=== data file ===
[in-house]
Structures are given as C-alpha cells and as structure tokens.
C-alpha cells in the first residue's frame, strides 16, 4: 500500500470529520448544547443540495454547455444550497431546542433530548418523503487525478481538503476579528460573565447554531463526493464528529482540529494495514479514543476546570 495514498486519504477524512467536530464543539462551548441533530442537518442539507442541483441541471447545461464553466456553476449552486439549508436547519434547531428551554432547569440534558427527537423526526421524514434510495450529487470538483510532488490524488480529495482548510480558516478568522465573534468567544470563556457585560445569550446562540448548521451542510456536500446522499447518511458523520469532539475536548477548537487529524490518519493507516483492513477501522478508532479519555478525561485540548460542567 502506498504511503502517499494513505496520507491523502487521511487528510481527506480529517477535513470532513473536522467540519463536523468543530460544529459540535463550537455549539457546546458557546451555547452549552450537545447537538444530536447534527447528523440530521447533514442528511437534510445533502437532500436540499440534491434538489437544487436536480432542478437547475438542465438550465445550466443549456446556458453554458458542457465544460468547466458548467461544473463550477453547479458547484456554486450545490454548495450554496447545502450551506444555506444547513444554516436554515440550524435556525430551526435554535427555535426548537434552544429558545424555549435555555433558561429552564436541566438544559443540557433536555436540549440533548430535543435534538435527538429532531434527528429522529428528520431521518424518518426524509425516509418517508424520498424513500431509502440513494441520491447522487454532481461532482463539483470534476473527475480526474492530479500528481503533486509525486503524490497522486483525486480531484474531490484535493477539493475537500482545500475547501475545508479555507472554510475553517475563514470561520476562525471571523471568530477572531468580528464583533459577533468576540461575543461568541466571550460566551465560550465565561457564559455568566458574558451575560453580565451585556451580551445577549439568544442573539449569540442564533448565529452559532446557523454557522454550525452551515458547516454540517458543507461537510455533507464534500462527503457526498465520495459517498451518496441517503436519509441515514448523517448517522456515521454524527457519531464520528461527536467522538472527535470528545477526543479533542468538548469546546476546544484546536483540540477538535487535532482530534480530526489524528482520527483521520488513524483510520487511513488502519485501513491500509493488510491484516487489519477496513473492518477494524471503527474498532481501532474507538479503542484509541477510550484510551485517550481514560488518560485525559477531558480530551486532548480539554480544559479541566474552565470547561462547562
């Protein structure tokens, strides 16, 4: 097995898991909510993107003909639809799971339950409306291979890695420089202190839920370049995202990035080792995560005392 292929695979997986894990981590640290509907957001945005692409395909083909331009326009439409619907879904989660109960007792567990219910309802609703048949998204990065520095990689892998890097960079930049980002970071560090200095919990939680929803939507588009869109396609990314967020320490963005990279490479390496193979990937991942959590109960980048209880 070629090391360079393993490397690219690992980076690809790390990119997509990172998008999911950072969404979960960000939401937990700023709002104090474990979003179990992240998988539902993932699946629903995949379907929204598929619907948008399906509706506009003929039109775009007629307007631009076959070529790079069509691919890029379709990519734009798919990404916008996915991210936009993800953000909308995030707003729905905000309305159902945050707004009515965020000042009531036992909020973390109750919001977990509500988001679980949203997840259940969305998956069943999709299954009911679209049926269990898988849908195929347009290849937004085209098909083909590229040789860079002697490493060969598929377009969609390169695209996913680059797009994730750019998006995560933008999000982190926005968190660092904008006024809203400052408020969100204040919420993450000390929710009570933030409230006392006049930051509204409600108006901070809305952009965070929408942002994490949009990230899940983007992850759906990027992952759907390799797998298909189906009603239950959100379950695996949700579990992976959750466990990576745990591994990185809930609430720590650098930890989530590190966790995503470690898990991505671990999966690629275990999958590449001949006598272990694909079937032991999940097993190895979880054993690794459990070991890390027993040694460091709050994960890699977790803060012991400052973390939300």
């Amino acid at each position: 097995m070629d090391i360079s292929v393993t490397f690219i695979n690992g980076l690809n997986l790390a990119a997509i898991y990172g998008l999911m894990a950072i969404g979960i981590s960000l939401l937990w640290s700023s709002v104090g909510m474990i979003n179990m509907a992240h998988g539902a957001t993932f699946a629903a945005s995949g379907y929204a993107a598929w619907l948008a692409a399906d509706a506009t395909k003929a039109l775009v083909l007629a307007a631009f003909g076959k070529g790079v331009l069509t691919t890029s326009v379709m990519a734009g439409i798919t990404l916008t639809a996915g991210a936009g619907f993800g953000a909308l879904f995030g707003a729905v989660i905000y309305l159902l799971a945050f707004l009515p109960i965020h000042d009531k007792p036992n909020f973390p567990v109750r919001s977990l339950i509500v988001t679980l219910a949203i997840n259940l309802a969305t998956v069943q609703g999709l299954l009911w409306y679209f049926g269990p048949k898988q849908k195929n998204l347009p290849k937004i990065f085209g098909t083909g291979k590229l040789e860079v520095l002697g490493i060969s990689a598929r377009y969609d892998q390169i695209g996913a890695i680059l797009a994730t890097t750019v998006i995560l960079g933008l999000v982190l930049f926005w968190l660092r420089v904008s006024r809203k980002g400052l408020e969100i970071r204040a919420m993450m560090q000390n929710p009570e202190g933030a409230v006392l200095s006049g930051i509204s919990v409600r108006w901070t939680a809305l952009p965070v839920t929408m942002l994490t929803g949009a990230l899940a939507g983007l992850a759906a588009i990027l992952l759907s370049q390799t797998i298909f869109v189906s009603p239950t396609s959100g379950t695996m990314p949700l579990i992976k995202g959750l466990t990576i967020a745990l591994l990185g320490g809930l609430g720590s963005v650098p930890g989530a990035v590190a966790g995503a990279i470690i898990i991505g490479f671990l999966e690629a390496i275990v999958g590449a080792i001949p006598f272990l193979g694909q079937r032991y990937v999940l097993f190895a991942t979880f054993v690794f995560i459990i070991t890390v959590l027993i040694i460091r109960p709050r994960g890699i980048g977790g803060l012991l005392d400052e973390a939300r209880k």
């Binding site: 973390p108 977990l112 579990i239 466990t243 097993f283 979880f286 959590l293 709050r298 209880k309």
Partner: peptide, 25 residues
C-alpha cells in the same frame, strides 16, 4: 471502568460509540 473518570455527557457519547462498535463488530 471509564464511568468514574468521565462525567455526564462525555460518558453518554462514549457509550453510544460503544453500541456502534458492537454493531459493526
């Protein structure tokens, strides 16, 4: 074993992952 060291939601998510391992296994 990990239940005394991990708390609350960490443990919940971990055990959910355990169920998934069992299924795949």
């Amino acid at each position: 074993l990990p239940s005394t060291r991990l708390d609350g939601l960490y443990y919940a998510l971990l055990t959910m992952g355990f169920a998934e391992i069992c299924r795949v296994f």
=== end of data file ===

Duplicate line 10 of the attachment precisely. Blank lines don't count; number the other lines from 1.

């Amino acid at each position: 074993l990990p239940s005394t060291r991990l708390d609350g939601l960490y443990y919940a998510l971990l055990t959910m992952g355990f169920a998934e391992i069992c299924r795949v296994f």